Guest editors: Dr. Irina Garbatzky and Dr. Julieta Yelin
This monograph aims to map research about the connections between literature and visual arts with posthumanist thinking, and more specifically, with theoretical developments around biopolitics. Over the last years, the number of works addressing the contributions of “animal issues” (ranging from zoology to biopolitics) to literary and artistic studies has grown, simultaneous to an awareness of the new approaches that artistic thought—in its creative and critical aspects—can provide to other disciplinary areas. Such exchange, which promises a revolutionary conceptual transformation, has been fostered by the problematization of the epistemological hierarchies of anthropocentrism and the original understanding of transdisciplinary work posed by posthumanism. This theoretical development has inevitably brought about a resignification of the notion of life, with evident effects on our notions of living, animal, human, subject, and many other key categories. It is based, to a great extent, on Nietzsche’s conception of bios, that is, the only possible representation of being, a purely ontological manifestation that, as the Italian philosopher Roberto Esposito notes in Bíos. Biopolitica e filosofia, has powerful political consequences. Indeed, political forms do not get superimposed from outside on the inform materiality of life. Rather, life is always already political—not as a historical or temporary aspiration, but as the native modality in which beings become, in which beings live. “Not as character, law, or destination of something that lives previously, but as the power that informs life from the beginning in all its extension, constitution, and intensity. That life as well as the will to power—according to the well-known Nietzschean formulation—doesn’t mean that life desires power not that power captures, directs, or develops a purely biological life. On the contrary, they signify that life does not know modes of being apart from those of its continual strengthening” (Bíos: Biopolitics and Philosophy, trans. Timothy Campbell, Minnesota University Press, 2008: 81).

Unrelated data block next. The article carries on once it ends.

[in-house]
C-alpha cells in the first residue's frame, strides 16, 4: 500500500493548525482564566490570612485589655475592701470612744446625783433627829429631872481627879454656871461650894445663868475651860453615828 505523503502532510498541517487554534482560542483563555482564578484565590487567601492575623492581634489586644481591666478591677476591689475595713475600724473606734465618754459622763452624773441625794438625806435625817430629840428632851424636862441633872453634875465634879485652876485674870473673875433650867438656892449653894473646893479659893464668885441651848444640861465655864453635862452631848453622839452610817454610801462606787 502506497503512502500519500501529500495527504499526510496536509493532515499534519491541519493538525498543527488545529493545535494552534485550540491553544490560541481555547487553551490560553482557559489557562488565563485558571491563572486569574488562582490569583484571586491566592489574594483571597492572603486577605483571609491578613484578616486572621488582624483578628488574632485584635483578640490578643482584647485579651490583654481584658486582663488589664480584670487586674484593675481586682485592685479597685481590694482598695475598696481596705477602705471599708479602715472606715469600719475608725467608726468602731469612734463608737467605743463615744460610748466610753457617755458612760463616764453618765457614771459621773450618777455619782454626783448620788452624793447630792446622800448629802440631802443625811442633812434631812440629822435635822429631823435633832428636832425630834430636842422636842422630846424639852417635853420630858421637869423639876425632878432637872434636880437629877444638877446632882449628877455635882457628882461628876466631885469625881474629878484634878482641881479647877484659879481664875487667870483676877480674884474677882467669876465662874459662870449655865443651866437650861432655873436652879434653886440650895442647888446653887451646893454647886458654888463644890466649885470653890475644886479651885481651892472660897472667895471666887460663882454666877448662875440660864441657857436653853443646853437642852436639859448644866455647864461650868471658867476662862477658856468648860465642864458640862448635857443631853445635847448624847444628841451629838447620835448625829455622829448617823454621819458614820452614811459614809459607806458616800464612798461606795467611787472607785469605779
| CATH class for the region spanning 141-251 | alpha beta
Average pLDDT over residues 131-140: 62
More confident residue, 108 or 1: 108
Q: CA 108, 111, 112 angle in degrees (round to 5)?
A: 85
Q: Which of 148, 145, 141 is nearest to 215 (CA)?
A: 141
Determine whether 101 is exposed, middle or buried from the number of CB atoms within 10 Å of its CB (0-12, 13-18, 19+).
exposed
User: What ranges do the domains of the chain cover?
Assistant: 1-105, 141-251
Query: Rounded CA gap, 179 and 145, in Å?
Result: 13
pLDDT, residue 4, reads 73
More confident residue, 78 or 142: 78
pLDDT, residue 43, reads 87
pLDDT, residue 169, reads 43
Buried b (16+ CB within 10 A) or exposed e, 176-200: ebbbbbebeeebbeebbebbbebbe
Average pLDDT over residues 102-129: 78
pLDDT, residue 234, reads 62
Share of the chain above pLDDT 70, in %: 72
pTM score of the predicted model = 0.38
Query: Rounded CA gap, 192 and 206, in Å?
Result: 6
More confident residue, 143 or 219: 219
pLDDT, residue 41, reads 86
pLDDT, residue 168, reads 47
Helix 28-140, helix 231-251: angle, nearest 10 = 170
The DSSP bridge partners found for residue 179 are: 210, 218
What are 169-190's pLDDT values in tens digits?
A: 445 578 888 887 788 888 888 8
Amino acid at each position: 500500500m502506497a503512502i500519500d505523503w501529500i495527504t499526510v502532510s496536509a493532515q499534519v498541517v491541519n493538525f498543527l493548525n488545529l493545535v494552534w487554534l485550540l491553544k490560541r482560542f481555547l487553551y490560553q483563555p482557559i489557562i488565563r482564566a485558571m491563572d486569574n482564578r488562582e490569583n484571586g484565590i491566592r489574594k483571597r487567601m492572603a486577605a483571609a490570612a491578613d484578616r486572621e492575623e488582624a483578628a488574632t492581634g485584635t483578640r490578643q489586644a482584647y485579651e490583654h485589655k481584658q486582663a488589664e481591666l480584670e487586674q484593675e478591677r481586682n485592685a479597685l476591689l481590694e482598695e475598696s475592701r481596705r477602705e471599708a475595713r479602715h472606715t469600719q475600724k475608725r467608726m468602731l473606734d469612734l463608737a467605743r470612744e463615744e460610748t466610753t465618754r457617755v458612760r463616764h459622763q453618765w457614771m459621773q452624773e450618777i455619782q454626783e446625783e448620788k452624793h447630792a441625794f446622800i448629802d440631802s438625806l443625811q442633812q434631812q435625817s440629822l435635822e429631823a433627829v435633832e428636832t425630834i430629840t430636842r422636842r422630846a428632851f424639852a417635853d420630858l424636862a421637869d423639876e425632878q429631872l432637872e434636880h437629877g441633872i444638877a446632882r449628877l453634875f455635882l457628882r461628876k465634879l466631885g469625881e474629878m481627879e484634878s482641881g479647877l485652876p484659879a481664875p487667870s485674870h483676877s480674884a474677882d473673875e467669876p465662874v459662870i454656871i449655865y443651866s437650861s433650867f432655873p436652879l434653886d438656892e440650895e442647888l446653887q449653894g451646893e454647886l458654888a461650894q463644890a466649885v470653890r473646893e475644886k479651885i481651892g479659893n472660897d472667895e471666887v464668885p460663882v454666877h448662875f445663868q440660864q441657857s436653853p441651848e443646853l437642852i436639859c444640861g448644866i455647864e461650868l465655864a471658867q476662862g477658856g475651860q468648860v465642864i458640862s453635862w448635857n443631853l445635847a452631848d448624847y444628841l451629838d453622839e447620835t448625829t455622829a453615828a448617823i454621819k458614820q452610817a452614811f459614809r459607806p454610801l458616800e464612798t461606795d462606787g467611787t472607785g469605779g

The definition of bios as a generative power totally challenges the anthropocentric conception according to which politics and art are effects of human activity. The humanist discourse understands culture as a reality unconnected from animal life, as a project of self-generation and self-interpretation. Conversely, the biocentric perspective, closely linked with the philosophical tradition stemming from Nietzsche, understands culture as a phenomenon of life. If life is political because it is but will of power, we could pose that life is artistic in so much as it is but will of creation. Art is not an area detached from a life upon which it acts, or a life that inseminates it; it is rather its own mode of existence. Taking this brief considerations as critical horizon, we convene researchers interested on the philosophical, political, and artistic transformations brought about by the emergence of a biocentric perspective to posthumanities. Tentatively and not exclusively, we propose the following thematical axes:
a) Dialogue between literature and biopolitical thought.
b) Dialogue between visual arts and biopolitical thought.
c) Philosophical, political, artistic, and cultural debates on the notion of life.
d) Resonances of Nietzschean thinking about life on literature, visual arts, and contemporary criticism.
e) Philosophical, literary and political sieges to the notion of subject.
f) Undisciplined bodies: artistic resistance to gender and species orders.
g) Images of animals and animality in contemporary literary and artistic criticism.
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